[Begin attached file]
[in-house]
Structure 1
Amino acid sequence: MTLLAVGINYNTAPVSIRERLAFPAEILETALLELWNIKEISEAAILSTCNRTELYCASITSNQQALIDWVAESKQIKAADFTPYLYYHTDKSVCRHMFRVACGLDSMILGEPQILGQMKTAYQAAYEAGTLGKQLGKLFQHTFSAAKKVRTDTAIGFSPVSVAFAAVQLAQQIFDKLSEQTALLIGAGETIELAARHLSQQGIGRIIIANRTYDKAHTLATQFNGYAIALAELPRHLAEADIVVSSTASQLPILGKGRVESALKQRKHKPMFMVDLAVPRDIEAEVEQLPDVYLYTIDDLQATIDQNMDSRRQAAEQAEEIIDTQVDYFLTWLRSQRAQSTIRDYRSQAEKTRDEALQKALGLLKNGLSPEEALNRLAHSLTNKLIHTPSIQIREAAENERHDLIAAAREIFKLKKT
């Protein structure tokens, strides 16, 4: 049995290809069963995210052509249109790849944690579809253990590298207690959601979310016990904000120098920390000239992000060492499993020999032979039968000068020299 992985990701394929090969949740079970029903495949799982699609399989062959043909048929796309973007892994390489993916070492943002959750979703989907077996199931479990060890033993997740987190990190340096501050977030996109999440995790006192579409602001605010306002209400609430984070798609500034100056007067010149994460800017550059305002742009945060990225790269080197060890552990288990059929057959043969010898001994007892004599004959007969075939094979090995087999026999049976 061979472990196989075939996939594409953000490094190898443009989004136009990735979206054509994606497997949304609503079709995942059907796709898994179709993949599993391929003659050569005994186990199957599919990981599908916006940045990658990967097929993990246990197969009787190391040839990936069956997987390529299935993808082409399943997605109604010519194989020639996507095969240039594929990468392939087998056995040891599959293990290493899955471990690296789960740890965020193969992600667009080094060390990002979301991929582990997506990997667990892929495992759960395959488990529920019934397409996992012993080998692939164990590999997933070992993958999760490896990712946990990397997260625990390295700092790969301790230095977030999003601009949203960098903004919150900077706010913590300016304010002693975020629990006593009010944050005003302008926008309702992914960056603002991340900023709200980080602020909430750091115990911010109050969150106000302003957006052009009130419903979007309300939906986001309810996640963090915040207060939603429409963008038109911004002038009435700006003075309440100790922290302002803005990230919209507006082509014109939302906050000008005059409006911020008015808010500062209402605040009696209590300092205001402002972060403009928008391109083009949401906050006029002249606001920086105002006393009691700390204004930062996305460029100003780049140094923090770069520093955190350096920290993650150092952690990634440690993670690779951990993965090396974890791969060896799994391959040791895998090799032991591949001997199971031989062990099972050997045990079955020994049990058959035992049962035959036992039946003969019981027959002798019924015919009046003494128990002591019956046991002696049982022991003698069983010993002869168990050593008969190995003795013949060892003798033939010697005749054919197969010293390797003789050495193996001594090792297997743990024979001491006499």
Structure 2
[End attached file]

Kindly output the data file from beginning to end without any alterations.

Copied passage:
[in-house]
Structure 1
Amino acid sequence: MTLLAVGINYNTAPVSIRERLAFPAEILETALLELWNIKEISEAAILSTCNRTELYCASITSNQQALIDWVAESKQIKAADFTPYLYYHTDKSVCRHMFRVACGLDSMILGEPQILGQMKTAYQAAYEAGTLGKQLGKLFQHTFSAAKKVRTDTAIGFSPVSVAFAAVQLAQQIFDKLSEQTALLIGAGETIELAARHLSQQGIGRIIIANRTYDKAHTLATQFNGYAIALAELPRHLAEADIVVSSTASQLPILGKGRVESALKQRKHKPMFMVDLAVPRDIEAEVEQLPDVYLYTIDDLQATIDQNMDSRRQAAEQAEEIIDTQVDYFLTWLRSQRAQSTIRDYRSQAEKTRDEALQKALGLLKNGLSPEEALNRLAHSLTNKLIHTPSIQIREAAENERHDLIAAAREIFKLKKT
């Protein structure tokens, strides 16, 4: 049995290809069963995210052509249109790849944690579809253990590298207690959601979310016990904000120098920390000239992000060492499993020999032979039968000068020299 992985990701394929090969949740079970029903495949799982699609399989062959043909048929796309973007892994390489993916070492943002959750979703989907077996199931479990060890033993997740987190990190340096501050977030996109999440995790006192579409602001605010306002209400609430984070798609500034100056007067010149994460800017550059305002742009945060990225790269080197060890552990288990059929057959043969010898001994007892004599004959007969075939094979090995087999026999049976 061979472990196989075939996939594409953000490094190898443009989004136009990735979206054509994606497997949304609503079709995942059907796709898994179709993949599993391929003659050569005994186990199957599919990981599908916006940045990658990967097929993990246990197969009787190391040839990936069956997987390529299935993808082409399943997605109604010519194989020639996507095969240039594929990468392939087998056995040891599959293990290493899955471990690296789960740890965020193969992600667009080094060390990002979301991929582990997506990997667990892929495992759960395959488990529920019934397409996992012993080998692939164990590999997933070992993958999760490896990712946990990397997260625990390295700092790969301790230095977030999003601009949203960098903004919150900077706010913590300016304010002693975020629990006593009010944050005003302008926008309702992914960056603002991340900023709200980080602020909430750091115990911010109050969150106000302003957006052009009130419903979007309300939906986001309810996640963090915040207060939603429409963008038109911004002038009435700006003075309440100790922290302002803005990230919209507006082509014109939302906050000008005059409006911020008015808010500062209402605040009696209590300092205001402002972060403009928008391109083009949401906050006029002249606001920086105002006393009691700390204004930062996305460029100003780049140094923090770069520093955190350096920290993650150092952690990634440690993670690779951990993965090396974890791969060896799994391959040791895998090799032991591949001997199971031989062990099972050997045990079955020994049990058959035992049962035959036992039946003969019981027959002798019924015919009046003494128990002591019956046991002696049982022991003698069983010993002869168990050593008969190995003795013949060892003798033939010697005749054919197969010293390797003789050495193996001594090792297997743990024979001491006499």
Structure 2